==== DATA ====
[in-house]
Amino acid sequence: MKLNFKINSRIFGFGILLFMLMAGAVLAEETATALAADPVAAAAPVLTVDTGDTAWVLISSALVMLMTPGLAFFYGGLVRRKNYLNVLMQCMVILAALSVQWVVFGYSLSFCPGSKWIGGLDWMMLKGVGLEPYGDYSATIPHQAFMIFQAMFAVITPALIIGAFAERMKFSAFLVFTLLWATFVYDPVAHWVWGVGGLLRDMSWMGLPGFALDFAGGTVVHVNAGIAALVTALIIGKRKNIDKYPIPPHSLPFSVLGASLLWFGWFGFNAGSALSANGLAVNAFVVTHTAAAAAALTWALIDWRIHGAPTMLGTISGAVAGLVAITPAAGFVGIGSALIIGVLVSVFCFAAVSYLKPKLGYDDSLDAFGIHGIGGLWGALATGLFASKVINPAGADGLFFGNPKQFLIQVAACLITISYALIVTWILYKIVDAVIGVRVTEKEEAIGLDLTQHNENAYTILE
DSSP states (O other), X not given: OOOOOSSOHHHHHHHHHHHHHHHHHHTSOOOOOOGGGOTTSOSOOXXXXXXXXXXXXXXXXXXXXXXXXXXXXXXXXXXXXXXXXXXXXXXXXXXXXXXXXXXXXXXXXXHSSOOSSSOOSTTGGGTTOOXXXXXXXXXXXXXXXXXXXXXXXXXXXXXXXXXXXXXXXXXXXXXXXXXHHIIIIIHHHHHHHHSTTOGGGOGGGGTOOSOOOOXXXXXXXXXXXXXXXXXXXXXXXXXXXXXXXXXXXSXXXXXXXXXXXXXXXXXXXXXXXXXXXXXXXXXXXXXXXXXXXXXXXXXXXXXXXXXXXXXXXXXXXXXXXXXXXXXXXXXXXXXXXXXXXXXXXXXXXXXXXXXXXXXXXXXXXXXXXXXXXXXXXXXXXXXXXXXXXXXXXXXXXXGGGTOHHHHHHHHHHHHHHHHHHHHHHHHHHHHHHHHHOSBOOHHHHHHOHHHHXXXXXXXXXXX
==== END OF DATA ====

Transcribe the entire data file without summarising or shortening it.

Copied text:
[in-house]
Amino acid sequence: MKLNFKINSRIFGFGILLFMLMAGAVLAEETATALAADPVAAAAPVLTVDTGDTAWVLISSALVMLMTPGLAFFYGGLVRRKNYLNVLMQCMVILAALSVQWVVFGYSLSFCPGSKWIGGLDWMMLKGVGLEPYGDYSATIPHQAFMIFQAMFAVITPALIIGAFAERMKFSAFLVFTLLWATFVYDPVAHWVWGVGGLLRDMSWMGLPGFALDFAGGTVVHVNAGIAALVTALIIGKRKNIDKYPIPPHSLPFSVLGASLLWFGWFGFNAGSALSANGLAVNAFVVTHTAAAAAALTWALIDWRIHGAPTMLGTISGAVAGLVAITPAAGFVGIGSALIIGVLVSVFCFAAVSYLKPKLGYDDSLDAFGIHGIGGLWGALATGLFASKVINPAGADGLFFGNPKQFLIQVAACLITISYALIVTWILYKIVDAVIGVRVTEKEEAIGLDLTQHNENAYTILE
DSSP states (O other), X not given: OOOOOSSOHHHHHHHHHHHHHHHHHHTSOOOOOOGGGOTTSOSOOXXXXXXXXXXXXXXXXXXXXXXXXXXXXXXXXXXXXXXXXXXXXXXXXXXXXXXXXXXXXXXXXXHSSOOSSSOOSTTGGGTTOOXXXXXXXXXXXXXXXXXXXXXXXXXXXXXXXXXXXXXXXXXXXXXXXXXHHIIIIIHHHHHHHHSTTOGGGOGGGGTOOSOOOOXXXXXXXXXXXXXXXXXXXXXXXXXXXXXXXXXXXSXXXXXXXXXXXXXXXXXXXXXXXXXXXXXXXXXXXXXXXXXXXXXXXXXXXXXXXXXXXXXXXXXXXXXXXXXXXXXXXXXXXXXXXXXXXXXXXXXXXXXXXXXXXXXXXXXXXXXXXXXXXXXXXXXXXXXXXXXXXXXXXXXXXXGGGTOHHHHHHHHHHHHHHHHHHHHHHHHHHHHHHHHHOSBOOHHHHHHOHHHHXXXXXXXXXXX